Old Star Charts and Earth’s Axial Precession

Due to Earth’s axial precession, the positions of Earth’s celestial poles shift gradually in a cycle of approximately 26000 years. These days, Polaris is very close to the north celestial pole. However, 2000 years ago, Kochab is much closer to the celestial pole than Polaris. In the next 2000 years, Errai will replace Polaris as our pole star.

Flat-Earthers claim that the stars are always in the same position proves the Earth is stationary. They are wrong. By observing old star charts from a few centuries ago, the shift of celestial poles can be determined. It proves stars are not always in the same position as today, and that the Earth is rotating.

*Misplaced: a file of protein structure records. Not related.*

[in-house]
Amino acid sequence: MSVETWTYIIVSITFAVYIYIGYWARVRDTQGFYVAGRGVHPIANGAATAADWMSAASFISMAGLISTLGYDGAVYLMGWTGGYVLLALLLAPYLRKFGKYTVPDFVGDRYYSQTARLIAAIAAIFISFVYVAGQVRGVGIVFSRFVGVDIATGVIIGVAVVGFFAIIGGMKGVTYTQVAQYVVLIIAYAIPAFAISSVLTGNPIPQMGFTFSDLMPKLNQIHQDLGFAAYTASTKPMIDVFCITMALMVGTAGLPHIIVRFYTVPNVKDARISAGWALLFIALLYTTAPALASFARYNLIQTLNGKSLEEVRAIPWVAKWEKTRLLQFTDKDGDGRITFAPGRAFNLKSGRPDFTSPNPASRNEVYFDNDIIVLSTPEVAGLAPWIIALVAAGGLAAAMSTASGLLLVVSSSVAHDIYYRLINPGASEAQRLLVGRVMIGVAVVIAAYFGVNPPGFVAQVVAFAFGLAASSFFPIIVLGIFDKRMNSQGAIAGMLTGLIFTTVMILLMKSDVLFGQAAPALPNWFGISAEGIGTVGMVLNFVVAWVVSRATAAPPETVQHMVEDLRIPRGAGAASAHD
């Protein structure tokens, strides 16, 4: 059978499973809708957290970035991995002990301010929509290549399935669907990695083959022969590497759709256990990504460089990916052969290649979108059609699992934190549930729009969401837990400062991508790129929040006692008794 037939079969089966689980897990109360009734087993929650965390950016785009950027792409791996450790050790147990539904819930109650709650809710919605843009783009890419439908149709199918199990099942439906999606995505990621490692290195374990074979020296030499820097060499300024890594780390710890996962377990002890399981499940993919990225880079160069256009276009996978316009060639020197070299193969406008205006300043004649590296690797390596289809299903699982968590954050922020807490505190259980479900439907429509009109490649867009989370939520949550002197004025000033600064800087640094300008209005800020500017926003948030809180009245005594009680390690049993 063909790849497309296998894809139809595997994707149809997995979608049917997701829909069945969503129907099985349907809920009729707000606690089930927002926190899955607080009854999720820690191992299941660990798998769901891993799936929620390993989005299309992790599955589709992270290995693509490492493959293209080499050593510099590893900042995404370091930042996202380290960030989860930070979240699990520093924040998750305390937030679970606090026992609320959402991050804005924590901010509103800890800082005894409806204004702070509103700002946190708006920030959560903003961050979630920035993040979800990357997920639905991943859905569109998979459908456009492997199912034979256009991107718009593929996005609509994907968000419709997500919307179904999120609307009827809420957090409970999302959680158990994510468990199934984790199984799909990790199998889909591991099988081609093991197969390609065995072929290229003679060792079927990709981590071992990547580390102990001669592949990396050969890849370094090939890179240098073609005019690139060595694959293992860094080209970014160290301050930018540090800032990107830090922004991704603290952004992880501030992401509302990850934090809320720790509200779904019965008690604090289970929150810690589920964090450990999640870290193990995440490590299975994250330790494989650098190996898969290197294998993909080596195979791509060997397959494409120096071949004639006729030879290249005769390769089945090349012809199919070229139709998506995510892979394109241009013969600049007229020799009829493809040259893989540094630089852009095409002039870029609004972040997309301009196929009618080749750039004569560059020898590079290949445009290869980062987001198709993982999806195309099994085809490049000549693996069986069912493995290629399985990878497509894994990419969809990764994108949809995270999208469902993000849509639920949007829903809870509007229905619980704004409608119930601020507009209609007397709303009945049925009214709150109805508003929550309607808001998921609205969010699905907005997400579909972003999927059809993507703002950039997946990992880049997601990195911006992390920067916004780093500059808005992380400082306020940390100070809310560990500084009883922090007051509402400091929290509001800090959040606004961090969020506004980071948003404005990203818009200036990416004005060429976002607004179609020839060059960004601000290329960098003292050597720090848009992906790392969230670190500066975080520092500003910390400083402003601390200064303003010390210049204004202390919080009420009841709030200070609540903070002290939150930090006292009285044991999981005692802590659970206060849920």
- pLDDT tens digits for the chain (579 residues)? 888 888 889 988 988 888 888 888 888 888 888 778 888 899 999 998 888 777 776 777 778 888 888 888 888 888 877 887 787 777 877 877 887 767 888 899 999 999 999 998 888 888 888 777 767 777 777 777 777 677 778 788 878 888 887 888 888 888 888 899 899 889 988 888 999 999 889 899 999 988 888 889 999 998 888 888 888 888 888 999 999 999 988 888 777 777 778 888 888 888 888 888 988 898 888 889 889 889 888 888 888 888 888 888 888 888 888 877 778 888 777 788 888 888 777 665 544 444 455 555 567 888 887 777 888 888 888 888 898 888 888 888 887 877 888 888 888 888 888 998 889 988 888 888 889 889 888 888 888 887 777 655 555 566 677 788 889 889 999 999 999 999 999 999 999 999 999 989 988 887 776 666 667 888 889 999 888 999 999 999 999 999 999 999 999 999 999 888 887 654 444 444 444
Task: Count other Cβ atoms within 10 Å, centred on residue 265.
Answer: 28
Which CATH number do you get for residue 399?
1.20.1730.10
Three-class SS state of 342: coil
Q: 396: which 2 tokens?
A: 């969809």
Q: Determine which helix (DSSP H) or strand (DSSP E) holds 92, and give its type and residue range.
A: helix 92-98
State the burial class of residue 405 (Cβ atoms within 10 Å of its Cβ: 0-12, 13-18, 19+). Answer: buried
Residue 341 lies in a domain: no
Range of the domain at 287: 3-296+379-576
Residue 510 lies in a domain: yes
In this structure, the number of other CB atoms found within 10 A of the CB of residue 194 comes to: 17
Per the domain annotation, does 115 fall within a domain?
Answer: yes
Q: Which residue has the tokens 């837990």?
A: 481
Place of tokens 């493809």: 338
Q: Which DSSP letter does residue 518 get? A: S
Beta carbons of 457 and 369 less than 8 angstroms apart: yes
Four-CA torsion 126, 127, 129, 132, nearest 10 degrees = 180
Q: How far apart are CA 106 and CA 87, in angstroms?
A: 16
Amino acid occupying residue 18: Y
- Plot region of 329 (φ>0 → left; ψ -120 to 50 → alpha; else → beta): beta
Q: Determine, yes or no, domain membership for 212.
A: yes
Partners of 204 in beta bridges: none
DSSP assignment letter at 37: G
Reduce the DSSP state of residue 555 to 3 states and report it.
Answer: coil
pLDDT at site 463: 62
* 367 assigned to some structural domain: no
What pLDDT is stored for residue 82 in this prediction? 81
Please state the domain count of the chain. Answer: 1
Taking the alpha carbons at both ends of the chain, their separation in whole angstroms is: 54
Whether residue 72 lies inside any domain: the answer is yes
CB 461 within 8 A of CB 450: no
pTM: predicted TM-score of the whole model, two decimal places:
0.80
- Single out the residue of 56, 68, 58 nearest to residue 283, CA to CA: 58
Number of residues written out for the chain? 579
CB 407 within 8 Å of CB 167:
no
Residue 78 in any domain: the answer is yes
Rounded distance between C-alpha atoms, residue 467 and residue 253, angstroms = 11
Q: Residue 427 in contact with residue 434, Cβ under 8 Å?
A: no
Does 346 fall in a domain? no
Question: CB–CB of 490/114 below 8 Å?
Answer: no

One of the best old star chart from several centuries ago is Atlas Coelestis from John Flamsteed that was published in 1729. By studying this map —or other maps from several centuries ago— and comparing them to a recent chart, we can see the shift of the position of the stars in the sky.